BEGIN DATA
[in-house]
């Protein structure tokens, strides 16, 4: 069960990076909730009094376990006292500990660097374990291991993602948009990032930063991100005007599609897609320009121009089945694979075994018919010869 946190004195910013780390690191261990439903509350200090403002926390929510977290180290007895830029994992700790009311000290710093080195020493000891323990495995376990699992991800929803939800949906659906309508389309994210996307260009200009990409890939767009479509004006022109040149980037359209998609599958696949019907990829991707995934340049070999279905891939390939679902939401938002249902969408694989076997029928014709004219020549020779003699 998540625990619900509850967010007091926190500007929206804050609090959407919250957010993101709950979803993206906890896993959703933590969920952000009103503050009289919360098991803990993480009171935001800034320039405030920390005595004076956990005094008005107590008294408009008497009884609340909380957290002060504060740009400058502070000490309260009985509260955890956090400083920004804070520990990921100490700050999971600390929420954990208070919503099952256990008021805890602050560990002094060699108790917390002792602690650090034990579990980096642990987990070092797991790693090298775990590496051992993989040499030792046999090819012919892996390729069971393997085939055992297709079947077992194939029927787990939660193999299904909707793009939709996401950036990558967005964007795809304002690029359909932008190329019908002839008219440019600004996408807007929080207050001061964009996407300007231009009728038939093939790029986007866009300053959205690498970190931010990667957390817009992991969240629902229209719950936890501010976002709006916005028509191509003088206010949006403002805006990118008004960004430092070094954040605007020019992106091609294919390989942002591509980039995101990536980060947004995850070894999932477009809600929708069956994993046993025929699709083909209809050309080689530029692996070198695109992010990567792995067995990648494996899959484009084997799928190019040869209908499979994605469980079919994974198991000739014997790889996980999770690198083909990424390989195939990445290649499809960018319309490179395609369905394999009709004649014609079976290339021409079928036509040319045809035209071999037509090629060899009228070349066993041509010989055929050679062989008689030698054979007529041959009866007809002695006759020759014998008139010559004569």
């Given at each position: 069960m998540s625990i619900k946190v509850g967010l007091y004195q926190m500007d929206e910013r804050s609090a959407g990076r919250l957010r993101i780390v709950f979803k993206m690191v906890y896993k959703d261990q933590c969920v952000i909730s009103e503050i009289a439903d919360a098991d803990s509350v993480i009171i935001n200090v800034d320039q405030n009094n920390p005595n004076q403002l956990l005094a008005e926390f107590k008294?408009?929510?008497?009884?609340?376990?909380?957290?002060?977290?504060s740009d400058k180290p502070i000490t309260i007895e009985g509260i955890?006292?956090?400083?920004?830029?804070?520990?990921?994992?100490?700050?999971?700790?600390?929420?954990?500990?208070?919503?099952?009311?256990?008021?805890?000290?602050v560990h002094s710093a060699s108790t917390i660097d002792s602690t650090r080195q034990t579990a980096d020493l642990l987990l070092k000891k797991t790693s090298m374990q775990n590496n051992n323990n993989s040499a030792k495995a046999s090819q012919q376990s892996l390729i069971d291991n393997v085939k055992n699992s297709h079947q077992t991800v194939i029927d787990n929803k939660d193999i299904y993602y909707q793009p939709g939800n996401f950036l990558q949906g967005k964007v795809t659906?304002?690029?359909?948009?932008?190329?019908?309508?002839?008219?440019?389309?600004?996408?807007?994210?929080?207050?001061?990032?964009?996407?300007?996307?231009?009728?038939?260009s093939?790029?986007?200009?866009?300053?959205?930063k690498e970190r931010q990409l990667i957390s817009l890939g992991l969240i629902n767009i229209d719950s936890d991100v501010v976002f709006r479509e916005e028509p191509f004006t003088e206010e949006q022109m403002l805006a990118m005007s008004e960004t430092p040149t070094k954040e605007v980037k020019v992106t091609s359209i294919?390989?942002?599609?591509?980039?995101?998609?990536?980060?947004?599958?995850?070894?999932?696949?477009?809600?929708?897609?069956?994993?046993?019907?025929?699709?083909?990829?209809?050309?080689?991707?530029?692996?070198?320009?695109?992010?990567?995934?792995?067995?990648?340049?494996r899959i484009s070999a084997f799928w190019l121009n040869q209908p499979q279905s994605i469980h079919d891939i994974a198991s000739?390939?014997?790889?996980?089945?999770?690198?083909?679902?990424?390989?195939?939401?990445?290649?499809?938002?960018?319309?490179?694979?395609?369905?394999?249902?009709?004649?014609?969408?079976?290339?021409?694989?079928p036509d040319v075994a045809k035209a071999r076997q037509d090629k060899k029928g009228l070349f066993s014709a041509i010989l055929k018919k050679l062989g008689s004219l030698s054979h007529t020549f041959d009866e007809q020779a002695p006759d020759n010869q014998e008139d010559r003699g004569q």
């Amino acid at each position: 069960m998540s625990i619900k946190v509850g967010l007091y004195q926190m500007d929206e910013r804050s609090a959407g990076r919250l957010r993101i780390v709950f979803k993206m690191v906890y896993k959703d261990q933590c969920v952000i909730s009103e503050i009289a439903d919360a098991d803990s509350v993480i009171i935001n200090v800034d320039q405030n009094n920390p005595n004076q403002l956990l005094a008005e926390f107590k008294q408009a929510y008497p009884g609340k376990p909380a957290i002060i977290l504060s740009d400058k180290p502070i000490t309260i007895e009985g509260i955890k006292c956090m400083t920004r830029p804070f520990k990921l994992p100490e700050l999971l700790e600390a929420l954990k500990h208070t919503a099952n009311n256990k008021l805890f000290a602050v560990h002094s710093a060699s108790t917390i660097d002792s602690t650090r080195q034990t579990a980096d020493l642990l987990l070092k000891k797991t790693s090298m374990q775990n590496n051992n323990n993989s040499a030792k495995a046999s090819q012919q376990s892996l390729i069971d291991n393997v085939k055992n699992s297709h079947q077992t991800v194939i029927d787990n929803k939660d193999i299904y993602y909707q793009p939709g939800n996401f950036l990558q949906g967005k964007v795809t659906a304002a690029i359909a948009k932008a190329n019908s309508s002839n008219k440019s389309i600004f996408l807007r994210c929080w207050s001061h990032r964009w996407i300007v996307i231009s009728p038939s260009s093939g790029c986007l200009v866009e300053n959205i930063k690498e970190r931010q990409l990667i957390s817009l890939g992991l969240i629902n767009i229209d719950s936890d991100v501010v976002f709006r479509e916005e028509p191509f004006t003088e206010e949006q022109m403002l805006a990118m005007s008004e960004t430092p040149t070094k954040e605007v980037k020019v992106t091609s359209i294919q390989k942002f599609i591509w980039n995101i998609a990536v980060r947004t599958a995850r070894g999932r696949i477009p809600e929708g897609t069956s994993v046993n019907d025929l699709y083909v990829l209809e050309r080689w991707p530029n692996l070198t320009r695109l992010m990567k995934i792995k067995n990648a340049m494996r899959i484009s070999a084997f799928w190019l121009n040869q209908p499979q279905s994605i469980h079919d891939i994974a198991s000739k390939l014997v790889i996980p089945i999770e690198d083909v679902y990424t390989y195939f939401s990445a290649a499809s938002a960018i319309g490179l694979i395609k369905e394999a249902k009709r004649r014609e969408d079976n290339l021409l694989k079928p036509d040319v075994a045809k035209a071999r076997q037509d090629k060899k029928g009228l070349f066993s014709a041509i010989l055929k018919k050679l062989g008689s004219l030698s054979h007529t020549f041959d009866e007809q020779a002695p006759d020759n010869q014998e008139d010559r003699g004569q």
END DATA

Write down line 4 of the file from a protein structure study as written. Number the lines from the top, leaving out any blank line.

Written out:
């Amino acid at each position: 069960m998540s625990i619900k946190v509850g967010l007091y004195q926190m500007d929206e910013r804050s609090a959407g990076r919250l957010r993101i780390v709950f979803k993206m690191v906890y896993k959703d261990q933590c969920v952000i909730s009103e503050i009289a439903d919360a098991d803990s509350v993480i009171i935001n200090v800034d320039q405030n009094n920390p005595n004076q403002l956990l005094a008005e926390f107590k008294q408009a929510y008497p009884g609340k376990p909380a957290i002060i977290l504060s740009d400058k180290p502070i000490t309260i007895e009985g509260i955890k006292c956090m400083t920004r830029p804070f520990k990921l994992p100490e700050l999971l700790e600390a929420l954990k500990h208070t919503a099952n009311n256990k008021l805890f000290a602050v560990h002094s710093a060699s108790t917390i660097d002792s602690t650090r080195q034990t579990a980096d020493l642990l987990l070092k000891k797991t790693s090298m374990q775990n590496n051992n323990n993989s040499a030792k495995a046999s090819q012919q376990s892996l390729i069971d291991n393997v085939k055992n699992s297709h079947q077992t991800v194939i029927d787990n929803k939660d193999i299904y993602y909707q793009p939709g939800n996401f950036l990558q949906g967005k964007v795809t659906a304002a690029i359909a948009k932008a190329n019908s309508s002839n008219k440019s389309i600004f996408l807007r994210c929080w207050s001061h990032r964009w996407i300007v996307i231009s009728p038939s260009s093939g790029c986007l200009v866009e300053n959205i930063k690498e970190r931010q990409l990667i957390s817009l890939g992991l969240i629902n767009i229209d719950s936890d991100v501010v976002f709006r479509e916005e028509p191509f004006t003088e206010e949006q022109m403002l805006a990118m005007s008004e960004t430092p040149t070094k954040e605007v980037k020019v992106t091609s359209i294919q390989k942002f599609i591509w980039n995101i998609a990536v980060r947004t599958a995850r070894g999932r696949i477009p809600e929708g897609t069956s994993v046993n019907d025929l699709y083909v990829l209809e050309r080689w991707p530029n692996l070198t320009r695109l992010m990567k995934i792995k067995n990648a340049m494996r899959i484009s070999a084997f799928w190019l121009n040869q209908p499979q279905s994605i469980h079919d891939i994974a198991s000739k390939l014997v790889i996980p089945i999770e690198d083909v679902y990424t390989y195939f939401s990445a290649a499809s938002a960018i319309g490179l694979i395609k369905e394999a249902k009709r004649r014609e969408d079976n290339l021409l694989k079928p036509d040319v075994a045809k035209a071999r076997q037509d090629k060899k029928g009228l070349f066993s014709a041509i010989l055929k018919k050679l062989g008689s004219l030698s054979h007529t020549f041959d009866e007809q020779a002695p006759d020759n010869q014998e008139d010559r003699g004569q």